Sunday, September 07, 2008

James White on Issues Etc. discusses heaven and Mormonism

A few days ago, James White, one of the leading defenders of the Christian faith against Mormonism, was on Issues Etc. discussing the Mormon concept of heaven and exaltation. This is perhaps one of the most important aspects of LDS doctrine that you are sure to hear about if you spend more than a few visits with Mormon missionaries. Among other things that were discussed on the program was the Book of Abraham. Take a listen!

4 comments:

Seth R. said...

There are a few errors in this broadcast.

First, Joseph Smith never said that "you would commit suicide to get to the Telestial Kingdom if you ever saw it." This is a Mormon urban legend that gets passed around, and White repeats it here.

Secondly, "Spirit Prison" is not a separate place from "Paradise." They are both in the same place - here on earth according to Brigham Young. Whether the period of waiting before resurrection is "Paradise" or "Prison" is mostly a state of mind in the person experiencing it.

Thirdly, the idea of progression between kingdoms - post resurrection - is not a "recent doctrine." Mormon apostles have been talking about the idea since before the turn of the 20th century.

Fourth, it was common practice for ancient Egyptians to use the exact same picture to depict DIFFERENT things. So, for example, the picture of the person reclining on a "lion couch" with a person standing over him with a knife could easily be used to depict BOTH the funeral rites of a pharaoh, and the sacrifice of Abraham. The same applies to Facsimile 2. It could easily have multiple meanings.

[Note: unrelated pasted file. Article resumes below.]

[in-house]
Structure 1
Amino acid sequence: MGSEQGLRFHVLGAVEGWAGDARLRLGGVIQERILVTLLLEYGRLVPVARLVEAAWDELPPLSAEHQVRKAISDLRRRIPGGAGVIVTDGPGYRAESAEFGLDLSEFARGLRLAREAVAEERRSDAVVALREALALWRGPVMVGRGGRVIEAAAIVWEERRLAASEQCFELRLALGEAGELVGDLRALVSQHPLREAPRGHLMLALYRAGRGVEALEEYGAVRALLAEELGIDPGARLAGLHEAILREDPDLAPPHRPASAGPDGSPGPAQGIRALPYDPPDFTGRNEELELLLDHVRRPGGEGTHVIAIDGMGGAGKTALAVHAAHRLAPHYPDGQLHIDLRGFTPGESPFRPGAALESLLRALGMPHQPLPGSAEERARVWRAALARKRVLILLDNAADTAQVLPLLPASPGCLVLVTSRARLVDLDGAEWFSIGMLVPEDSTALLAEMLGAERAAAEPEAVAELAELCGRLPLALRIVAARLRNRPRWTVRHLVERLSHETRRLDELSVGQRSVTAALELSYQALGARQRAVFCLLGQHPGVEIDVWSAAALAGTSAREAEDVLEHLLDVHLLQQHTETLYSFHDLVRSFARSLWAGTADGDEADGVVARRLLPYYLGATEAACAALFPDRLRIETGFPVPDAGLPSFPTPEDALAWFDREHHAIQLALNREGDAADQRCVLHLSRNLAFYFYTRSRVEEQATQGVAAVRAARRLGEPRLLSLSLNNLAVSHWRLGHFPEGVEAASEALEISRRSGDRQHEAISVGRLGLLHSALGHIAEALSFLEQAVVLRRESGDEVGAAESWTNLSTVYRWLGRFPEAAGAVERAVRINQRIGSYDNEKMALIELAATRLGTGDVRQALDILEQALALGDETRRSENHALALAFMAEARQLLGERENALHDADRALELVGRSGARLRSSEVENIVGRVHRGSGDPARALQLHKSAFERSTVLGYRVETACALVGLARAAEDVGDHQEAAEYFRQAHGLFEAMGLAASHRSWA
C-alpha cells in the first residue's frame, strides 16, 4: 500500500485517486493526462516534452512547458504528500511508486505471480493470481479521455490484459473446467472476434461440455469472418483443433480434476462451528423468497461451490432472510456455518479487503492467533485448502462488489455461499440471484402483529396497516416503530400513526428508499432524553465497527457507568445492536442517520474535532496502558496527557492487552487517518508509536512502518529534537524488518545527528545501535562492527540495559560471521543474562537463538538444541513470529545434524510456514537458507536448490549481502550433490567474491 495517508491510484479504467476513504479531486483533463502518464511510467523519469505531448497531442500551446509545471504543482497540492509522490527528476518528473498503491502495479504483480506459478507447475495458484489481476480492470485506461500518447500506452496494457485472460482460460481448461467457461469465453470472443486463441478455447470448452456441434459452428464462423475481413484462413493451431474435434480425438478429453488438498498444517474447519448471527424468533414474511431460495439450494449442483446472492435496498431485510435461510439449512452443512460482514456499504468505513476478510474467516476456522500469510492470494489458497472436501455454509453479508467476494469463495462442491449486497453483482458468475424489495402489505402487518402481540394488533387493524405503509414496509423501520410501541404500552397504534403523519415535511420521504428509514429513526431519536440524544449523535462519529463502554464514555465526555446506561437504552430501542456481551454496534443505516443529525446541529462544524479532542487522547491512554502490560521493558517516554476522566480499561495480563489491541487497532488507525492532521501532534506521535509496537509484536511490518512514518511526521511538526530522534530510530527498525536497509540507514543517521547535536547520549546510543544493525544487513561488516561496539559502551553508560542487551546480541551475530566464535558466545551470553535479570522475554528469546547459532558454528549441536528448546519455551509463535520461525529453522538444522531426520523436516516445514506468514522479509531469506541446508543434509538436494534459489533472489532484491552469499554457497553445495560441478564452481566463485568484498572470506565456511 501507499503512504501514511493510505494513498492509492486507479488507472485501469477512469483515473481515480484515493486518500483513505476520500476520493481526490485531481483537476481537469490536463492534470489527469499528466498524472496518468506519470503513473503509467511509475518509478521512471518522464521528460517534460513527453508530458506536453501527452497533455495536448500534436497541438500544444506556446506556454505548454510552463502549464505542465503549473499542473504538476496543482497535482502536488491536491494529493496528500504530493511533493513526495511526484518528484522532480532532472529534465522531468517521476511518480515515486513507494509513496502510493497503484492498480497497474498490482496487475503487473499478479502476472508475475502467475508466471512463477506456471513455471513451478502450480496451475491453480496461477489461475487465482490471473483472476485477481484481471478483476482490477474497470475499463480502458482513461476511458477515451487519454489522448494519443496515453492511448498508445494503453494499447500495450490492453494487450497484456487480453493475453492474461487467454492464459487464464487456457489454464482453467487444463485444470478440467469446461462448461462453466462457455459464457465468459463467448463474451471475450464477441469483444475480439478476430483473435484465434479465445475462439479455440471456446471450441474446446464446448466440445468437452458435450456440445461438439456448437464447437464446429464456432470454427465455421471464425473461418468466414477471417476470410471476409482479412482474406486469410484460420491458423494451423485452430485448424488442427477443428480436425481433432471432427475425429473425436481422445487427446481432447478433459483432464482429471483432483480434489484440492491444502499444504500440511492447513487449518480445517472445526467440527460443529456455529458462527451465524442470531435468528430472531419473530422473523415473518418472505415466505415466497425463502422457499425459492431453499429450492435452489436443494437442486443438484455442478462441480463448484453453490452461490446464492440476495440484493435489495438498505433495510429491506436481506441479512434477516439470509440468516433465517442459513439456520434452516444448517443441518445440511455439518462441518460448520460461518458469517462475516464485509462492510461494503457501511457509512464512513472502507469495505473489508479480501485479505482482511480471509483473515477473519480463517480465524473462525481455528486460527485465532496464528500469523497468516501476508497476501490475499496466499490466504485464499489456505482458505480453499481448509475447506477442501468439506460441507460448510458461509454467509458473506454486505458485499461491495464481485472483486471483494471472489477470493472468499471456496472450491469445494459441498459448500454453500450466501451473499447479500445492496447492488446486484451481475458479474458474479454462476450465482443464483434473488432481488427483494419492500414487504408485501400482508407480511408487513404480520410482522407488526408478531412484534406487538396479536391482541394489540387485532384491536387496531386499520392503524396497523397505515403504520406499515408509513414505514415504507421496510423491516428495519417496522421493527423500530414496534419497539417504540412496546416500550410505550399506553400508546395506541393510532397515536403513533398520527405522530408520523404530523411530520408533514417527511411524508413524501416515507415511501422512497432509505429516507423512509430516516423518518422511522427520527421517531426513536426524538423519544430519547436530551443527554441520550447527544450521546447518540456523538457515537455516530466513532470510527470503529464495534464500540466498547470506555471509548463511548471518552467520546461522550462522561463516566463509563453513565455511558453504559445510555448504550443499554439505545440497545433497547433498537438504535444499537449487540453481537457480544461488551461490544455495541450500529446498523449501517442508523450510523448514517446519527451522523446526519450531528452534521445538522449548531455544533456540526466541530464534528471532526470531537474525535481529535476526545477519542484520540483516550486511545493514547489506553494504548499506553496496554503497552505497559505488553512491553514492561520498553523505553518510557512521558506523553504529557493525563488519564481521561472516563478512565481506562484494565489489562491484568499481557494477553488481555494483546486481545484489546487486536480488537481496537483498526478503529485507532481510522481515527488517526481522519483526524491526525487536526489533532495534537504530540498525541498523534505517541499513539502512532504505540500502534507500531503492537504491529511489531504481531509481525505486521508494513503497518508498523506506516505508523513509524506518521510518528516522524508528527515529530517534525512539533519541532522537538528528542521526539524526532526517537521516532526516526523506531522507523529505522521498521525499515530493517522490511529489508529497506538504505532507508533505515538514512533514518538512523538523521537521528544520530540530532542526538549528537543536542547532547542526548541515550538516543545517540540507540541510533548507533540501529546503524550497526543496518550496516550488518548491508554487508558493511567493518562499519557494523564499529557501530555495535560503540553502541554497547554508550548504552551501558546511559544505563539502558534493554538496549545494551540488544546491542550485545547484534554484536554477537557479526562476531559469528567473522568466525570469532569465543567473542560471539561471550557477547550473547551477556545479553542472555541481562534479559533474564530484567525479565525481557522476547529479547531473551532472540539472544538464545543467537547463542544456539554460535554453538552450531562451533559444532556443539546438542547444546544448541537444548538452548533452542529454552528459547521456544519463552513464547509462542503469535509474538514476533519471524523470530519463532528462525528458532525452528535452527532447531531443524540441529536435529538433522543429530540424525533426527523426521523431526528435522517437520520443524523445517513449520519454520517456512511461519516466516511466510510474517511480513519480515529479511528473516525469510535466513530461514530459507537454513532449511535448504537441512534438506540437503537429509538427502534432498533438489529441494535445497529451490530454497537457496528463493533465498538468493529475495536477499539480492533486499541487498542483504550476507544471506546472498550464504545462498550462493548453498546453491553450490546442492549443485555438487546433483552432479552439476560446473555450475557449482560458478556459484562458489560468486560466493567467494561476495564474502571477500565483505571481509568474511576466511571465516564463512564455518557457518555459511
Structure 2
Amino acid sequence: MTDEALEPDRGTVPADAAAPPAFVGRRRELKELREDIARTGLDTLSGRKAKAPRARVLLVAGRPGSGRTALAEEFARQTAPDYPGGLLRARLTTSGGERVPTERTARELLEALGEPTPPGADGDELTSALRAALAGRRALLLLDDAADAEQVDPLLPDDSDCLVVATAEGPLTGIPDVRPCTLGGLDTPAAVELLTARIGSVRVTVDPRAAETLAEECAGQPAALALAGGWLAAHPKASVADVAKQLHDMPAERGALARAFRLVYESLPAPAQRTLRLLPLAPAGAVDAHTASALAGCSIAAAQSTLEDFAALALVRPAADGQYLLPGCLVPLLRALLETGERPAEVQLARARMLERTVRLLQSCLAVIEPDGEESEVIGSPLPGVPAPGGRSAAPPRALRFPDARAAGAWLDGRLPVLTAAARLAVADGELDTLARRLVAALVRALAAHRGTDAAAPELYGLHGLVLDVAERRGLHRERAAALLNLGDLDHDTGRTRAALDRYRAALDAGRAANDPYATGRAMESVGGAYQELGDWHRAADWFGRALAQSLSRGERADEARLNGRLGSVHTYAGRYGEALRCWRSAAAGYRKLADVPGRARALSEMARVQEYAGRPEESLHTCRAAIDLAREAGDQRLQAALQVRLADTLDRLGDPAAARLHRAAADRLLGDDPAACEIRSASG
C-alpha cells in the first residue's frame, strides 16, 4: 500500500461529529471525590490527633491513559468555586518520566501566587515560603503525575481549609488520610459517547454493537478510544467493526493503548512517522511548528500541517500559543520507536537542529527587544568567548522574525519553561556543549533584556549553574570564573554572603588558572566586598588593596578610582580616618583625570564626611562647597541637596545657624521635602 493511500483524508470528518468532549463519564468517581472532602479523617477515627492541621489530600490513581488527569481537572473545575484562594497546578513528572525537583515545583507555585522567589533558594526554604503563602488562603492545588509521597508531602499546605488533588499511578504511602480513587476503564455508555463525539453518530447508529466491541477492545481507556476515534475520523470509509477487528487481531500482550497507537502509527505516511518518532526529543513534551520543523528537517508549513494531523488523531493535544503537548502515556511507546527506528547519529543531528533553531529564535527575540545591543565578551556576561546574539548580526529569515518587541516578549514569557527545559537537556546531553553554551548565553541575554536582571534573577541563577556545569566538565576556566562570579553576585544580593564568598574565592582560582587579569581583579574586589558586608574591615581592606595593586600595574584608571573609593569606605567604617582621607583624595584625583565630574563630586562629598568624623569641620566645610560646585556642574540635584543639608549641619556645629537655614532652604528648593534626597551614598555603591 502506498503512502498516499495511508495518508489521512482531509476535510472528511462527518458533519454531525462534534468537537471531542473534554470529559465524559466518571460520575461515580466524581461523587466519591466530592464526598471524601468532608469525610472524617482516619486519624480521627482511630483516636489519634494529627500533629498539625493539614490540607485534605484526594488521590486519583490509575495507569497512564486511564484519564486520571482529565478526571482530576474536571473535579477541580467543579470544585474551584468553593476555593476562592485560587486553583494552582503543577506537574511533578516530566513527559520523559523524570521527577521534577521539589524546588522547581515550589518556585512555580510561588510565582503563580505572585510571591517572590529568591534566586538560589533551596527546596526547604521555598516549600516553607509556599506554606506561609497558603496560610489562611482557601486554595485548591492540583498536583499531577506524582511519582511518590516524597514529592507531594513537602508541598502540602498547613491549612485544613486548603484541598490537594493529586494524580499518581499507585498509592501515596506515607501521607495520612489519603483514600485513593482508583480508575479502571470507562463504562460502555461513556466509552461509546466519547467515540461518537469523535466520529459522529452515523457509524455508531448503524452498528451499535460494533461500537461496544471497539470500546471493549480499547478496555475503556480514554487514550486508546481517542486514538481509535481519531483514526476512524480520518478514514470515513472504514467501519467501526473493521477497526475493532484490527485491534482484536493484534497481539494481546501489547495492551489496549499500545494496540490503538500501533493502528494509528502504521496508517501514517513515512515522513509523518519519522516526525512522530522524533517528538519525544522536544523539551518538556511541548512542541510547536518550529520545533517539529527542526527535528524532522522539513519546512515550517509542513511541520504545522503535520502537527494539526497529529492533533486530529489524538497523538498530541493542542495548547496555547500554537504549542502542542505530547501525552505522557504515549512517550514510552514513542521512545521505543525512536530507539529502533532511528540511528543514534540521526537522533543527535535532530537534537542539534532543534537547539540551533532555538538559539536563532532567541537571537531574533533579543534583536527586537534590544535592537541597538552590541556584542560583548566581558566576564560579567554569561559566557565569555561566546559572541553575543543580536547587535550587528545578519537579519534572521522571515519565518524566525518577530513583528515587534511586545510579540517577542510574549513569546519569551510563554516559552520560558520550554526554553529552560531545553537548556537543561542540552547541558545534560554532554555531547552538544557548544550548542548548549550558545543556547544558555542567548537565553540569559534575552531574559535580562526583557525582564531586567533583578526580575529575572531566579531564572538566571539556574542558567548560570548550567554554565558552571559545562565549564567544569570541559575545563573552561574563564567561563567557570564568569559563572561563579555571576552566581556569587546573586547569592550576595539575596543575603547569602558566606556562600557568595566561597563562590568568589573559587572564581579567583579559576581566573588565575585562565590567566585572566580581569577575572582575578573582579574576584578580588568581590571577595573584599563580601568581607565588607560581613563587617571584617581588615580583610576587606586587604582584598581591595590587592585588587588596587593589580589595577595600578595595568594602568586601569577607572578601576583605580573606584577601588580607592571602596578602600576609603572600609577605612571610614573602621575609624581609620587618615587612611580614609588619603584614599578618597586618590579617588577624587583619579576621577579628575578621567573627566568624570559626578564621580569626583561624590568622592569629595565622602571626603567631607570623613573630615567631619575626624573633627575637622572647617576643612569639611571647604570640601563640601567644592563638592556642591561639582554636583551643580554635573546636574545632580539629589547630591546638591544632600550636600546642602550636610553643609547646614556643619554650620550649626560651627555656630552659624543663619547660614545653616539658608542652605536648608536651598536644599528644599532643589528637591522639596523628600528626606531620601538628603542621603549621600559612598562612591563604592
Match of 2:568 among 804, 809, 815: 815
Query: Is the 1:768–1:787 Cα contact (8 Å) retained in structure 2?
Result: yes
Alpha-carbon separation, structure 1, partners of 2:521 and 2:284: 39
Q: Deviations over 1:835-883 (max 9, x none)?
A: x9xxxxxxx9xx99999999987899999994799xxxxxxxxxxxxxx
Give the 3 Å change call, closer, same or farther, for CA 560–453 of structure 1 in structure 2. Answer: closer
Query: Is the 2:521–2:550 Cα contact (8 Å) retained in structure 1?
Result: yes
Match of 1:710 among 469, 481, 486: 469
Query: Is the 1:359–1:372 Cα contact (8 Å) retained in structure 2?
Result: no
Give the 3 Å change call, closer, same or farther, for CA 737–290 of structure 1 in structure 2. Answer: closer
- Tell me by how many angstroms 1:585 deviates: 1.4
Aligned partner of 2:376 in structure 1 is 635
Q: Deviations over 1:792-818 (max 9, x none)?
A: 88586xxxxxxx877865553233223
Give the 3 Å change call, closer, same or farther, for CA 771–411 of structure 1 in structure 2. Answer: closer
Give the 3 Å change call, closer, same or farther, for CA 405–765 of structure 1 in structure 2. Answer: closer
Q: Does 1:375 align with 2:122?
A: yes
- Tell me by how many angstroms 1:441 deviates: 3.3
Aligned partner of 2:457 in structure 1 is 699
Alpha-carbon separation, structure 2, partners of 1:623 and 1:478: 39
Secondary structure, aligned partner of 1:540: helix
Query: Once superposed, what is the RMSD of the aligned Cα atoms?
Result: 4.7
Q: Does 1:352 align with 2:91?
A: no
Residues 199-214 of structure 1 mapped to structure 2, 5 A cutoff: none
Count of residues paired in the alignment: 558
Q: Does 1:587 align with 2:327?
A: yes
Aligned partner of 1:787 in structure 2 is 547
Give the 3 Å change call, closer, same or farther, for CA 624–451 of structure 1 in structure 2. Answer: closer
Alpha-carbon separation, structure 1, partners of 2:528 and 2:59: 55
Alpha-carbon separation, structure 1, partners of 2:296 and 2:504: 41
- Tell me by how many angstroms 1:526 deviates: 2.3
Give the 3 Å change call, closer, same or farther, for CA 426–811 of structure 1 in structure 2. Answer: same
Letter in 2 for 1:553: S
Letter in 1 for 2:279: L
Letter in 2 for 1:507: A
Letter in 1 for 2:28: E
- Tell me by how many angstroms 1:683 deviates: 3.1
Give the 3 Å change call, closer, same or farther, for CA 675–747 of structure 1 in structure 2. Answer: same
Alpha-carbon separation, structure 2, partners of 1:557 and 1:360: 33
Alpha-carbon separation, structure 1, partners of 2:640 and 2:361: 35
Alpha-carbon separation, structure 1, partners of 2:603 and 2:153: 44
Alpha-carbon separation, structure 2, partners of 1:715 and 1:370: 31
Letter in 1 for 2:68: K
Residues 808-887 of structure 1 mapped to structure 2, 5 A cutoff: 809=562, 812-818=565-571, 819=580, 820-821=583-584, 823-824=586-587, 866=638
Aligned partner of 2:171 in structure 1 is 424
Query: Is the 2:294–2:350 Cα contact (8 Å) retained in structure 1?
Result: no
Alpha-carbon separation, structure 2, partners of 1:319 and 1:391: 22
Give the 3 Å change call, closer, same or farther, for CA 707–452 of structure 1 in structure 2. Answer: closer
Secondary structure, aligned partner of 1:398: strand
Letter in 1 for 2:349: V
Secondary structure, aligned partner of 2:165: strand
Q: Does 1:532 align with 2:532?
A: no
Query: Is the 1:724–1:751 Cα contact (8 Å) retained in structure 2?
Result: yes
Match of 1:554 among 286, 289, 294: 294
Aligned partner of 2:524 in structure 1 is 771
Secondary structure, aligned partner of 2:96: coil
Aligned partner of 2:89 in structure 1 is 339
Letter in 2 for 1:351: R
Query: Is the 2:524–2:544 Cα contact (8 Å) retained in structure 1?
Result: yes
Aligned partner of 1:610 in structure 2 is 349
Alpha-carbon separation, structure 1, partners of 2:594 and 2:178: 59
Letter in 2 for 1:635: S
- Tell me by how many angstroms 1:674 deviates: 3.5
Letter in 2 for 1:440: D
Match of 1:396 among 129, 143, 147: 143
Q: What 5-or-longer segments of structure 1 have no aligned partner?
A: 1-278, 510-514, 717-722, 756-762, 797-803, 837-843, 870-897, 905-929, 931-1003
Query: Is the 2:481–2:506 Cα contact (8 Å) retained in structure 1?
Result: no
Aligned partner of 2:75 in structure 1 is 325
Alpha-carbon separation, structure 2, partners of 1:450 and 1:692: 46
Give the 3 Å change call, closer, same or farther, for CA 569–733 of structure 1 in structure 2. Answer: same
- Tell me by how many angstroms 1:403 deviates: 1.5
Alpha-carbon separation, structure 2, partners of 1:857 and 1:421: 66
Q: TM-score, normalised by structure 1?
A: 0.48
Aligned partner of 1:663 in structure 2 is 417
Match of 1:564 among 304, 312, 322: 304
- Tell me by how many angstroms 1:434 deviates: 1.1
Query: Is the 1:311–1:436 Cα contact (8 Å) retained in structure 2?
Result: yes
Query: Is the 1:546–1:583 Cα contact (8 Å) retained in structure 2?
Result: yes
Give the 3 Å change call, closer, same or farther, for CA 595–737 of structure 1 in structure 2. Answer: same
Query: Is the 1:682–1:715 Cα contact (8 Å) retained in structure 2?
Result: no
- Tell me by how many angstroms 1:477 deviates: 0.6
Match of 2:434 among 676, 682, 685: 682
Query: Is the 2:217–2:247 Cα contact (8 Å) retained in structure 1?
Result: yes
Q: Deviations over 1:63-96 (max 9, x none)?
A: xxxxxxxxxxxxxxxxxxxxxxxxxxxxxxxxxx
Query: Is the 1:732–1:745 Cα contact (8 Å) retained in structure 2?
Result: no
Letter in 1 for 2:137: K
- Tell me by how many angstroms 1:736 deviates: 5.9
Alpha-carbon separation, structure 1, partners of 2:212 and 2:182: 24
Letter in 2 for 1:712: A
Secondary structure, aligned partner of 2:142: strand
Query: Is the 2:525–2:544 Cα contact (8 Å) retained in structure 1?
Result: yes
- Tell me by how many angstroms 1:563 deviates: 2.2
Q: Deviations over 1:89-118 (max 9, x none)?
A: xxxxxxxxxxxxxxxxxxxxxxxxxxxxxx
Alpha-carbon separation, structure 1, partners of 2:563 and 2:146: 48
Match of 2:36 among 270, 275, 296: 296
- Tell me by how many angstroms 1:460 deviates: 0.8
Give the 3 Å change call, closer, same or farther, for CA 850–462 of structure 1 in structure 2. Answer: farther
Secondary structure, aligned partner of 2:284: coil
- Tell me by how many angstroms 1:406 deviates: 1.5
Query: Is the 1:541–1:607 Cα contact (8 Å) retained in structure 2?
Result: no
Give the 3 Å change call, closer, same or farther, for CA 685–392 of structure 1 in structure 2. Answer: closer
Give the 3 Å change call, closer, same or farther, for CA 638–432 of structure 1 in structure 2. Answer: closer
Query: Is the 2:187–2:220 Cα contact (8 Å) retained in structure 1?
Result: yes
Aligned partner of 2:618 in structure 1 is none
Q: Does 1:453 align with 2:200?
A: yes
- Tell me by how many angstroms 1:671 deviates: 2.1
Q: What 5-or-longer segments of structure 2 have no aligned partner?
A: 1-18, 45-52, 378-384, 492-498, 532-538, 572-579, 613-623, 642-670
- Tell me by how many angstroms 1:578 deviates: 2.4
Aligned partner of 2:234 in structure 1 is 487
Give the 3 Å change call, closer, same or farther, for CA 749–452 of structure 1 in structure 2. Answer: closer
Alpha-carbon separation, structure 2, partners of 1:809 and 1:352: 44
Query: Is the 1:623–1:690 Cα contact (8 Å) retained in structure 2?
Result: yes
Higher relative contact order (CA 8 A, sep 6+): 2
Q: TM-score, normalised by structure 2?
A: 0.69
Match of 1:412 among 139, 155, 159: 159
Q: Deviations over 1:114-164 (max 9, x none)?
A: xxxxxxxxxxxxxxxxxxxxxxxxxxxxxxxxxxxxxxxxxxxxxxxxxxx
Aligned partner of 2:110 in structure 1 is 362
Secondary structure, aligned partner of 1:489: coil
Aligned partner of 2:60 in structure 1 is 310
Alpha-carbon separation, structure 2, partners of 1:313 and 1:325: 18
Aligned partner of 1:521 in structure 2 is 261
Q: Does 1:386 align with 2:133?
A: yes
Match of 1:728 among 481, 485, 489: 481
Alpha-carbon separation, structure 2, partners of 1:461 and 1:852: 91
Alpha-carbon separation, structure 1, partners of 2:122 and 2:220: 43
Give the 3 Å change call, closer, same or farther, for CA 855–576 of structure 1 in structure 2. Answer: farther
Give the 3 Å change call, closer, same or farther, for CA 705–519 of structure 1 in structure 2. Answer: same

Also keep in mind, that historical sources describe the Egyptian papyrus as being a scroll about 15 feet long. Almost the entire thing burned in a fire while in non-Mormon possession. Only a few scraps have been recovered. From these scraps, Mormonism's opponents have made their case.

But I'd hardly say it's airtight or obvious. Nice how White simply declares that Mormon attempts at explanation are "wild" and "stand as their own refutation." That's easy to say, but less easy to back up. The fact is, Mormon apologetic scholarship has pretty much passed up and refuted standard counter-cult responses. But the counter-cultists are still stuck beggaring the same arguments they were using 100 years ago. Even though these arguments are hopelessly outdated and often completely discredited.

Mike-e said...

Hey Seth, thank you for your comment. I'm not here to defend everything James White says. Which is why it would be great if you bring up these things to him. Dr. White has a radio show twice a week and anyone can call in and confront him on whatever they want. If your accusations are true, then Dr. White will not be able to defend his position, or at best stumble over it.

If Mormon scholarship has really done what you say, then they have done a poor job of confronting counter-cult responses. Christian apologists are willing to debate these issues publicly. Are Mormon apologists so willing? I've seen a few attempt this, but they are utterly refuted. Martin Tanner is a glowing example of this when he attempted to debate James White on the so-called "deification" beliefs of the early fathers.

Please show me a debate featuring a distinguished Mormon apologist against a distinguished Christian apologist and we'll see who can defend their position. I would really like to see it.

Or better yet, just call into Dr. White's radio program :-)

Seth R. said...

Fair enough.

I don't know any particular such radio shows. But I would recommend the book "How Wide the Divide" by Craig Blomberg (Denver Theological Seminary) and Stephen Robinson (Brigham Young University). They keep the conversation respectful and try to debate mostly central topics of dispute. So if you're interested...

Best wishes.

Mike-e said...

Thanks Seth, i'll definitely check that out :-)

And I appreciate your kindness and candor. You seem like a really nice and respectful guy. The world needs more people like you.